Video games in recent times have evolved. Not just graphically and in terms of actual gameplay, developers have now been able to tackle all kinds of different topics in their games, from politics to more personal issues. One particular concept that hasn’t really been touched on (at an abstract level at least) is love. At the risk of a certain song getting stuck in my head, what is love?
Sure, many of gaming’s classics have love as their basis; person A saves person B for love, person A avenges person B’s death for love etc. but it’s not often that a game breaks the fourth wall and directly asks the player what their feelings are on the subject.
The newest game from Team Gotham does just that.
Solo sees players take control of a sailor who is exploring a small group of islands. The puzzles are mainly based around moving various blocks around to build structures that enable you to reach different parts of the levels. New islands are revealed by activating totems, who each present you with different questions about your feelings towards the concept of love.
The game begins with players creating their character by answering a few short questions, such as “What is your gender?” and “What gender would you like to love?”. The simple fluidity of the choices in this section (such as the inclusion of “non-binary” as an option) makes the experience feel so much more inclusive, and immediately sets the tone for the rest of the game. While it seems like a minor feature to some, having the option to see things portrayed in this way is a great step forward for representation in gaming.
During your journey, you meet a variety of surreal characters across the several islands. Strange Animal Crossing-esque wildlife, floating guardians that speak in poetic-like dialogue and weird vegetable-looking characters that offer side quests. This small cast of characters adds to Solo‘s charm, and none of them ever feel like unnecessary NPC filler.
Most important of these characters are the game-progressing totems who, when awakened, pose questions about your relationship with love. Be it in the context of gender, traumatic experiences or just the general concept of the word, Solo effectively approaches the topic with the right amount of sensitivity and thoughtfulness, in a medium that could all too easily have fallen flat on its face. While there are no “right” or “wrong” answers to these questions, they’re all down to personal opinion, so the game gently forces you to confront your answers with a ghostly representation of your loved one that appears sporadically throughout the game. It’s rare to see a topic like this explored in such a direct way through a game, and it definitely works wonders.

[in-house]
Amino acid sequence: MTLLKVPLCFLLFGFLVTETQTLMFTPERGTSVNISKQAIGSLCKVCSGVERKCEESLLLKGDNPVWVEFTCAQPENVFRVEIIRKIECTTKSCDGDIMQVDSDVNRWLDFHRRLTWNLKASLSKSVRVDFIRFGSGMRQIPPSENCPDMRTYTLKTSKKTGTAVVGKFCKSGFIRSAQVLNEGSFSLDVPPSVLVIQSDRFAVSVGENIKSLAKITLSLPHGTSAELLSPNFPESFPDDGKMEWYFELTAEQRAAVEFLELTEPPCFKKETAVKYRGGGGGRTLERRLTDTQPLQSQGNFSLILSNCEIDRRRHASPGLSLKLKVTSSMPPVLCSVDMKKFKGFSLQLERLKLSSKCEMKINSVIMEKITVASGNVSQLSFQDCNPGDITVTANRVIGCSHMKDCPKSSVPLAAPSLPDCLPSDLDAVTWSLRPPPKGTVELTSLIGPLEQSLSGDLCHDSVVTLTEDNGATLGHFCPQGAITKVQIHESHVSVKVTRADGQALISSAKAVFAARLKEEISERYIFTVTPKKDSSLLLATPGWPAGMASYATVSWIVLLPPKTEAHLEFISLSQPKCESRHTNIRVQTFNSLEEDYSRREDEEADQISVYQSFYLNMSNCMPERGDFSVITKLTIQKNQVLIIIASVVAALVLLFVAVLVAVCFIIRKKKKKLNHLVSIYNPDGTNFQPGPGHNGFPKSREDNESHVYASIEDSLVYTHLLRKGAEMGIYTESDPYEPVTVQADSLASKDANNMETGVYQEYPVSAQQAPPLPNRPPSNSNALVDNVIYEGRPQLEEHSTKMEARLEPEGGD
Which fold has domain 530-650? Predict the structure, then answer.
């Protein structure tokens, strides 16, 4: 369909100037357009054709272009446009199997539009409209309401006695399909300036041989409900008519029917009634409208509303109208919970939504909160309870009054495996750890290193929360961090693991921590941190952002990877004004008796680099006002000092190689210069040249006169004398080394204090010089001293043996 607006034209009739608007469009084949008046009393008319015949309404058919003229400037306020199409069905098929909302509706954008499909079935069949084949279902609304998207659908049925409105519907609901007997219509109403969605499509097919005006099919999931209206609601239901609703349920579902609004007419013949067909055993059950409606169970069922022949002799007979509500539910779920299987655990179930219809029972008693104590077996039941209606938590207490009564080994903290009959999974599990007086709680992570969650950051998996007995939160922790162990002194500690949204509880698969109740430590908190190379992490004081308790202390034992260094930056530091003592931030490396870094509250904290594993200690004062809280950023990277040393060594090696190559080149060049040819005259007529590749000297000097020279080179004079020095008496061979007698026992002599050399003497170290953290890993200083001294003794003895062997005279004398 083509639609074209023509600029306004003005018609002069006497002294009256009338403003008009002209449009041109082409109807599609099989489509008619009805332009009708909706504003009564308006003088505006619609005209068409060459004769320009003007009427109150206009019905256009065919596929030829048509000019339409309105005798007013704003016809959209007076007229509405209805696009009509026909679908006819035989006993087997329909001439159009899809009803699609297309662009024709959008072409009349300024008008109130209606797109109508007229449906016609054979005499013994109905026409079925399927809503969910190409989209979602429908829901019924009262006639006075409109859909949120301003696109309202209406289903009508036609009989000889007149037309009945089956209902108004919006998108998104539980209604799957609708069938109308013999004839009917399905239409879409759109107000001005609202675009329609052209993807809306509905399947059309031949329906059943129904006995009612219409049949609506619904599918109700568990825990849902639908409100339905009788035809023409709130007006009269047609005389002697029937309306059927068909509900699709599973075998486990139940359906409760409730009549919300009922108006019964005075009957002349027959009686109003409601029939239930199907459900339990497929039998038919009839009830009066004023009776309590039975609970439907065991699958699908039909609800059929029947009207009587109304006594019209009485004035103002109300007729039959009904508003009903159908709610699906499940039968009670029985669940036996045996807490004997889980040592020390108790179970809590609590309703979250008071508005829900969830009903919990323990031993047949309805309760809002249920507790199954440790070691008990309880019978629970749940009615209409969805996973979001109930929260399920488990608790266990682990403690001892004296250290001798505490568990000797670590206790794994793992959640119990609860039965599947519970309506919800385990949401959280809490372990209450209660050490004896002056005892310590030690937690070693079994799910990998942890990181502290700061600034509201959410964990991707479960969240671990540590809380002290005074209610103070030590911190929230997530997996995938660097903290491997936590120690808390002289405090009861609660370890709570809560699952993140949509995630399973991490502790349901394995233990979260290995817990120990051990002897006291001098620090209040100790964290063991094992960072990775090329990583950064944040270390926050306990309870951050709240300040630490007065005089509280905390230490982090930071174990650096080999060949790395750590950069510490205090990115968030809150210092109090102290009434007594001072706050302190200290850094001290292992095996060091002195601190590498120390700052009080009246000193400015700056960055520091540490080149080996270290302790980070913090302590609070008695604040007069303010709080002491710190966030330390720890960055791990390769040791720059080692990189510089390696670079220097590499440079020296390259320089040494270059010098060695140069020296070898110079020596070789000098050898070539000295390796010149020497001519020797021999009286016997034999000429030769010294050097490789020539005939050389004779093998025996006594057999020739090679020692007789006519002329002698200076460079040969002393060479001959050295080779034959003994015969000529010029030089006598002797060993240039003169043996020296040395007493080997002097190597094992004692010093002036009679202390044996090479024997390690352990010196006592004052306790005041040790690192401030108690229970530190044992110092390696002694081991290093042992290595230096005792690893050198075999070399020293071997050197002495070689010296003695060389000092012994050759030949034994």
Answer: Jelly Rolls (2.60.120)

The gameplay element of arranging boxes to gain access to other parts of the islands and progressing further into the archipelago is all compacted into a relatively small space, which does result in some rather erratic camera angles at times. The puzzles themselves are simple enough for players of any experience to get through, but these box-based conundrums don’t vary too far past the “stack these up in a certain way” solutions. With the in-game world of Solo being so rich and vibrant, it would have been interesting to see some different puzzle types to play around with, but this doesn’t detract massively from the overall experience.
Besides the main puzzles, there are a number of interesting optional side quests to discover. Ranging from snapping photos of rare birds to befriending the local wildlife with food, these little missions never feel out-of-place and are varied enough to keep the game interesting.
Upon first glance, it is obvious that the game’s visual style is hugely influenced by the vibrant cel-shaded graphics of games such as The Legend Of Zelda: The Wind Waker and RiME, but by no means is that a bad thing. The characters are adorably cute, the world design is simply stunning and when mixed with the game’s serene soundtrack, these factors help make players feel like they’re on a tranquil, exotic holiday.
Solo is a beautiful game in a number of ways. It gently persuades players to think about their attitudes towards the concept of love without ever feeling soppy or insensitive, while the visual (and audio) style solidifies the game as an undeniably chilled out and pleasant experience. While the puzzles do start to feel a little too easy after a while, Solo‘s atmosphere and writing will ultimately win you over, one philosophically contemplative question at a time.
- Uniquely personal branching narrative.
- Peaceful, meditative music and sounds.
- Fantastically vibrant art style.
- The camera can be quite erratic at times.
- Puzzles are a bit too simple.
Solo is available now on PC via Steam.
A review code was kindly provided by the developer.